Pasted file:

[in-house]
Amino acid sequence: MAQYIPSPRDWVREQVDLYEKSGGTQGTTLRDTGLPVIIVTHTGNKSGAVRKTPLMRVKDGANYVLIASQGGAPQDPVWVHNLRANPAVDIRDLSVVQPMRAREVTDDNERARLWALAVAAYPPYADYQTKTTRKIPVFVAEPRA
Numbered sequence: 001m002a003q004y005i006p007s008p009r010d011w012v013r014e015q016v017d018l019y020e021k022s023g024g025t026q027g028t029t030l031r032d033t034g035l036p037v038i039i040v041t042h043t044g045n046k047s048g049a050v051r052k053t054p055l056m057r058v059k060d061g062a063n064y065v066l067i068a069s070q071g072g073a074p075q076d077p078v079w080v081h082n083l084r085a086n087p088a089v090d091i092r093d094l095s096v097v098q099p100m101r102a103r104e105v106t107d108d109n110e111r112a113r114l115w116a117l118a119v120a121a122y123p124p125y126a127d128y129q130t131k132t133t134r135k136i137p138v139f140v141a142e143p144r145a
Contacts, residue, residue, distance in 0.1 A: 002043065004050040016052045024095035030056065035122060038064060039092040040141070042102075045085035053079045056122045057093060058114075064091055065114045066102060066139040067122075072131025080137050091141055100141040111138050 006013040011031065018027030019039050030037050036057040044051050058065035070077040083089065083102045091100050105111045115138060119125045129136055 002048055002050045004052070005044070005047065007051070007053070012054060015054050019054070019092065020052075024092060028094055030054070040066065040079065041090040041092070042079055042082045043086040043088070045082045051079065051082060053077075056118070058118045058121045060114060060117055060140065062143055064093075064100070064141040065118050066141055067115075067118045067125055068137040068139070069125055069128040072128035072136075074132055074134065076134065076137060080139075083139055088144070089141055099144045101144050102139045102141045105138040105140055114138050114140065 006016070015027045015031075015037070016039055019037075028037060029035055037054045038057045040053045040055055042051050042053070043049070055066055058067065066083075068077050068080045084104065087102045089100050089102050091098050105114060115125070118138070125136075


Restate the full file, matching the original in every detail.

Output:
[in-house]
Amino acid sequence: MAQYIPSPRDWVREQVDLYEKSGGTQGTTLRDTGLPVIIVTHTGNKSGAVRKTPLMRVKDGANYVLIASQGGAPQDPVWVHNLRANPAVDIRDLSVVQPMRAREVTDDNERARLWALAVAAYPPYADYQTKTTRKIPVFVAEPRA
Numbered sequence: 001m002a003q004y005i006p007s008p009r010d011w012v013r014e015q016v017d018l019y020e021k022s023g024g025t026q027g028t029t030l031r032d033t034g035l036p037v038i039i040v041t042h043t044g045n046k047s048g049a050v051r052k053t054p055l056m057r058v059k060d061g062a063n064y065v066l067i068a069s070q071g072g073a074p075q076d077p078v079w080v081h082n083l084r085a086n087p088a089v090d091i092r093d094l095s096v097v098q099p100m101r102a103r104e105v106t107d108d109n110e111r112a113r114l115w116a117l118a119v120a121a122y123p124p125y126a127d128y129q130t131k132t133t134r135k136i137p138v139f140v141a142e143p144r145a
Contacts, residue, residue, distance in 0.1 A: 002043065004050040016052045024095035030056065035122060038064060039092040040141070042102075045085035053079045056122045057093060058114075064091055065114045066102060066139040067122075072131025080137050091141055100141040111138050 006013040011031065018027030019039050030037050036057040044051050058065035070077040083089065083102045091100050105111045115138060119125045129136055 002048055002050045004052070005044070005047065007051070007053070012054060015054050019054070019092065020052075024092060028094055030054070040066065040079065041090040041092070042079055042082045043086040043088070045082045051079065051082060053077075056118070058118045058121045060114060060117055060140065062143055064093075064100070064141040065118050066141055067115075067118045067125055068137040068139070069125055069128040072128035072136075074132055074134065076134065076137060080139075083139055088144070089141055099144045101144050102139045102141045105138040105140055114138050114140065 006016070015027045015031075015037070016039055019037075028037060029035055037054045038057045040053045040055055042051050042053070043049070055066055058067065066083075068077050068080045084104065087102045089100050089102050091098050105114060115125070118138070125136075